Liberal candidate Renee Heath engages lawyers, considers human rights complaint

Victorian Liberal candidate Renee Heath has broken her silence to say she has always believed in the separation of church and state and has never attempted to impose her religious views on her political party.

A joint media investigation by The Age and 60 Minutes revealed Heath had received extensive training from the ISAAC Network, a global group of churches that seeks to build Christian nations by influencing politics, business and society.

Renee Heath (right) in 2014 with Jonathan David (left) and Heidi McIvor, who became the face of the campaign against same-sex marriage in Australia.

The investigation also revealed Heath’s brother-in-law, Patrick McIvor, was subjected to gay conversion therapy while a member of Heath’s family church, City Builders, after disclosing to Renee Heath’s father, pastor Brian Heath, that he was gay.

Clare McIvor, Renee Heath’s sister, has accused Heath of being an “agent” for the church.

Heath, a candidate for the upper house seat of Eastern Victorian Region, has declined multiple requests for interviews and has refused to answer questions about her views on key policy issues.

However, hours before the 60 Minutes investigation was due to air on Sunday night, Heath emailed a statement to this masthead.

“I do not support gay conversion therapy and to suggest otherwise is completely false and misleading,” Heath said.

“I’ve always believed in the separation of church and state. I have never attempted to impose my religious views on others in the Liberal Party and I do not intend to do so now.

“As I have repeatedly stated, the reason I am a Liberal is because I believe in the right of every individual to live life according to their convictions, beliefs and conscience without interference from government. This applies regardless of your gender, sexuality, faith and any other characteristics that makes you who you are.”

Heath said she had engaged law firm Arnold Bloch Leibler to assess whether she had grounds to make a complaint to the Australian Human Rights Commission about the “discriminatory treatment of me” as a potential Liberal MP “based on my faith, or assumptions about my faith”.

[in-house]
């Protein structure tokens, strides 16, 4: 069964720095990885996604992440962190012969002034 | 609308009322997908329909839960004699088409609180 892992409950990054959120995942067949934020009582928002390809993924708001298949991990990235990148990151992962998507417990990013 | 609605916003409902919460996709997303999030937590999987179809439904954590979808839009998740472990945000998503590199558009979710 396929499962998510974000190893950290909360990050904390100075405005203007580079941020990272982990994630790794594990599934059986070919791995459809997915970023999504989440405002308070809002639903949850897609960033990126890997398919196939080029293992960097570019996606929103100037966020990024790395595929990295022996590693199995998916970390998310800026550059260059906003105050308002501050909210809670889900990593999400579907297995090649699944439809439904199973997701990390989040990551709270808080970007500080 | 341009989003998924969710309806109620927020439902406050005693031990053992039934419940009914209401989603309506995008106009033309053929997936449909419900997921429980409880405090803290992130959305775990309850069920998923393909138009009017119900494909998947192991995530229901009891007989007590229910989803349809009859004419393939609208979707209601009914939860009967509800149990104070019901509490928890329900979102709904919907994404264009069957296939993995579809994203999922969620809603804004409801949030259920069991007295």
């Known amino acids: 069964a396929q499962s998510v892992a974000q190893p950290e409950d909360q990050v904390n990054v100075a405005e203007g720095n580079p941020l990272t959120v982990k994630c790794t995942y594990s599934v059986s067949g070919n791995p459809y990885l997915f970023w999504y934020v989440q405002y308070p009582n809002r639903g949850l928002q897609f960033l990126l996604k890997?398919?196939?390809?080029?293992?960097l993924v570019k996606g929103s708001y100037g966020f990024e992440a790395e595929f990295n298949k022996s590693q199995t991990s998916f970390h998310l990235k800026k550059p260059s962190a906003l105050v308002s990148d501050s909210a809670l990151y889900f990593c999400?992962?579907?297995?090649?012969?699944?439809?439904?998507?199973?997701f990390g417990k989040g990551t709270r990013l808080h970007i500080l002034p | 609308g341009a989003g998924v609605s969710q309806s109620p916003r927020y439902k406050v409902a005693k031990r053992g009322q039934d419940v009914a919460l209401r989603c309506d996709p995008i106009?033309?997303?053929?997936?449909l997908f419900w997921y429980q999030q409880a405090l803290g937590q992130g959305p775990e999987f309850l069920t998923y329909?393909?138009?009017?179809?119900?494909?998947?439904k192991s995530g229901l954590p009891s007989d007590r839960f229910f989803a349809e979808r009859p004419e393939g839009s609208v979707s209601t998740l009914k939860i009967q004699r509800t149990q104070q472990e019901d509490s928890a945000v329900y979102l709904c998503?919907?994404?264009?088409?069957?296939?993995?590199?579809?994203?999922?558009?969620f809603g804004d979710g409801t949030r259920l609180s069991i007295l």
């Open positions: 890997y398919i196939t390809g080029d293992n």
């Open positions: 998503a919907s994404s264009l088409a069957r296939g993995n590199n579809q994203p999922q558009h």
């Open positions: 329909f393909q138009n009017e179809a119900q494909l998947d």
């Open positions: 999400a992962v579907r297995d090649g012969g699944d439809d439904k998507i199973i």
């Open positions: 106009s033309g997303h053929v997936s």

Renee Heath, the Liberal Party candidate for Eastern Victoria.

Liberal leader Matthew Guy said on the weekend that Heath would not be sitting in the Liberal Party room if elected to parliament in Saturday’s election. The Liberal Party said this decision was because Heath had withheld information about the extent of her dealings with the church network.

Victorian Liberal state director Sam McQuestin issued a statement earlier on Sunday saying he had reviewed all correspondence and information available to him about the pre-selection of Heath, following media reports.

“None of that information shows Ms Heath’s ongoing and recent engagement with Pastor Jonathan David and his organisation,” McQuestin said.

“On November 11, I had a conversation with Ms Heath to discuss questions Ms Heath had received from 60 Minutes.

“[Saturday] morning, it was clear that the responses Ms Heath provided during that conversation were inconsistent with reports in The Age newspaper.”

The Age has reported that as a teenager, Heath completed a year-long internship with David, a Malaysian preacher who heads the global ISAAC (International Strategic Alliance of Apostolic Churches) Network of Pentacostal churches that includes City Builders. She has continued to receive leadership and spiritual training from him in her adult life.

In June 2021, Heath was filmed tuning into an online conference led by David.

Guy condemned gay conversion therapy on Saturday but conceded earlier in the week that he had not personally asked Heath about her views.

At least nine senior Liberal members had warned Guy and other party leaders that Heath posed a political risk for the party at the election, in which moderate Liberal seats are under threat from teal candidates.

Lawyers for pastor Brian Heath and City Builders issued a legal letter on Saturday night denying the church was “ultra-conservative”, “extreme” or “part of a global religious network”.

“City Builders takes an unremarkable, mainstream and modern approach to Christianity,” the lawyers said.

The lawyers denied the church or its leaders were opposed to gay, trans and reproductive rights “subject to two qualifications” including that marriage should be “reserved to traditional families” and abortion should be “rare”.

Brian Heath was quoted in a podcast from February 2021 saying he “could be in jail in a month” following the introduction of laws to outlaw gay conversion practices. His lawyers said this was “hyperbole”.

The joint media investigation has interviewed several former members of City Builders, who claim they were left traumatised after church leaders sought to suppress their sexuality. Ex-church member James Dalton claimed he was subject to an exorcism by church leaders and later sent to gay conversion therapy, which has left him with post-traumatic stress disorder.

The Morning Edition newsletter is our guide to the day’s most important and interesting stories, analysis and insights. Sign up here.

Most Viewed in National

From our partners

Source: Read Full Article